- Once smartphone users fall into a pattern of frequently monitoring negative news, their mood can worsen and make them more anxious. This type of activity is also known as “doomscrolling.”
- Increased parental smartphone use during the COVID-19 pandemic may be impacting children’s development.
How to Break a Smartphone Addiction
Not everyone becomes addicted, but if you suspect that you might have a problem with this, here are some of the ways you can try to address it:
- Become aware of why you're using it. The first step is recognizing the problem. Does using your smart phone distract you when you are feeling anxious or depressed? Is it keeping you from engaging with something in your life that feels hard or is bothering you. If that's the case you might want to explore other ways of relaxing or easing your anxiety, or tackling your problems head on, like therapy or lifestyle changes.
- Recognise that there is a difference between online and real life interactions. Social anxiety and avoidance is common in people with smartphone addictions. Finding other ways of connecting with people, like taking classes or arranging a get together with friends, can reinforce more positive real-world interactions and help you feel less isolated.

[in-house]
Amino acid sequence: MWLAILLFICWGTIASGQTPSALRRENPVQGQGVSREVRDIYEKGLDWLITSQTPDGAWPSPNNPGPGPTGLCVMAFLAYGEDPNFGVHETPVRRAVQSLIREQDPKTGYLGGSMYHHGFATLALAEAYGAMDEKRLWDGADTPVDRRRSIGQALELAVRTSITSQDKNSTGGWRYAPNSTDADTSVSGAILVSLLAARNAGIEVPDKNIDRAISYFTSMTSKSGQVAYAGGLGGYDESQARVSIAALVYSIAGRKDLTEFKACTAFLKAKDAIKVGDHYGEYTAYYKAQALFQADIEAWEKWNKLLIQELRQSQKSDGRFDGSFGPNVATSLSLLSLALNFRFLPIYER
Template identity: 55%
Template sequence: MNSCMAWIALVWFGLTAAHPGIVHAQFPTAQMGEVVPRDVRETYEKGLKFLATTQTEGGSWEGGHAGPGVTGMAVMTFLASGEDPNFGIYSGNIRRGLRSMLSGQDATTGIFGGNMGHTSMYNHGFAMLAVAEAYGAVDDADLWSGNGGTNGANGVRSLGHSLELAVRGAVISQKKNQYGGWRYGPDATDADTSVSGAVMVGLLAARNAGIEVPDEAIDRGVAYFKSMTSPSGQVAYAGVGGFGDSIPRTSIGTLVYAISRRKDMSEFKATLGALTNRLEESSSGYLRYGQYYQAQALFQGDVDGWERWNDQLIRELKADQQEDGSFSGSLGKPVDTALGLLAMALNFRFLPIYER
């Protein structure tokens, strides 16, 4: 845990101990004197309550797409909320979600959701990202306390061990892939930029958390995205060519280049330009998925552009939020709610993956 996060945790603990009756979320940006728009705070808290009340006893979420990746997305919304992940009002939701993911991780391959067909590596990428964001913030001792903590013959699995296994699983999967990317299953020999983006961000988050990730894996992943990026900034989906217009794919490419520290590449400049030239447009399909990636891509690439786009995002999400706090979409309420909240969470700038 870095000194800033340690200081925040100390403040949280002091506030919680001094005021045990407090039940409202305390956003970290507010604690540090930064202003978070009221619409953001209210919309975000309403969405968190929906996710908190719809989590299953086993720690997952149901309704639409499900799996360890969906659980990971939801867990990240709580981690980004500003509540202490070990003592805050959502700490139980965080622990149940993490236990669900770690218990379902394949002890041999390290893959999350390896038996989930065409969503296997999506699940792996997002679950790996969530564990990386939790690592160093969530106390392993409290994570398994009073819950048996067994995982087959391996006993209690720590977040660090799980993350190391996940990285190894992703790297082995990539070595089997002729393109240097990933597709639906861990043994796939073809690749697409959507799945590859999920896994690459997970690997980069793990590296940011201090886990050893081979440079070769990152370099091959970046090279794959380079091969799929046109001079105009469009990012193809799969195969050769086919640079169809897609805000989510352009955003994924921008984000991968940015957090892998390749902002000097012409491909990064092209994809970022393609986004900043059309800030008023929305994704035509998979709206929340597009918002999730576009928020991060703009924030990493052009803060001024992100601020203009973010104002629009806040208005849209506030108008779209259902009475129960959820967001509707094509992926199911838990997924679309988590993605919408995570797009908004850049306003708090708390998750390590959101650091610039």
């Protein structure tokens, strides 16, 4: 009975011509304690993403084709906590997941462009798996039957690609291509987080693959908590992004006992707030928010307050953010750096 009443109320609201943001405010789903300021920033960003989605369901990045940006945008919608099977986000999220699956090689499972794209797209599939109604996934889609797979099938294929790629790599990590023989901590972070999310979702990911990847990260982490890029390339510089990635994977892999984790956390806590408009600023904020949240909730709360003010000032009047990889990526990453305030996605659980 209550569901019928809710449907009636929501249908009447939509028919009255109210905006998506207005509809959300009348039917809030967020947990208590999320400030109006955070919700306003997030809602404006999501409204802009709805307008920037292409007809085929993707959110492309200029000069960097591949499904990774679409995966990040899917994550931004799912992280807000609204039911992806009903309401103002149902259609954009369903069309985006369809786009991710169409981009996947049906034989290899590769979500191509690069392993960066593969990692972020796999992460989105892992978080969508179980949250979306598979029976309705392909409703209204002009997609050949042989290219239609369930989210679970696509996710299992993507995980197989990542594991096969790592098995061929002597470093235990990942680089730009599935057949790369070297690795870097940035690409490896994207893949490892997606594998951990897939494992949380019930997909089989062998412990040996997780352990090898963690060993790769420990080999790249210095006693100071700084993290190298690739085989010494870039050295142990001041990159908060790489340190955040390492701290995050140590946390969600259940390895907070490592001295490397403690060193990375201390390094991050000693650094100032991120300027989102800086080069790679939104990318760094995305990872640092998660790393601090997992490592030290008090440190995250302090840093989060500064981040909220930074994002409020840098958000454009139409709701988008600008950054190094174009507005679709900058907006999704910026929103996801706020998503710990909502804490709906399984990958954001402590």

- Develop coping skills. Limiting phone usage can be frustrating. But the more a person overcomes the difficulties, the more resilient they become. Relational connection, such as a good talk with a friend, can go a long way in helping you feel calm, getting others to understand you better and increasing your resilience.
- Modify smartphone use. Smartphones are really good at grabbing your attention...see how different it is to interact with your phone when you have notifications turned off. You can also find apps to limit your social media use and set time limits for you. I found that removing the Facebook and Instagram apps from my phone made me less likely to mindlessly scroll, as I have to now navigate to them on my browser. A small step, but I also avoid getting notifications from them because of this, and that has made a definite difference to my phone usage.
- Listen to the Clear Minds hypnotherapy session on smart phone compulsion. As with all addictions, hypnotherapy is extremely effective at helping us release the unconscious impulses that drive our actions. It's simple, easy and cost effective, and you should feel the benefits after even just one session.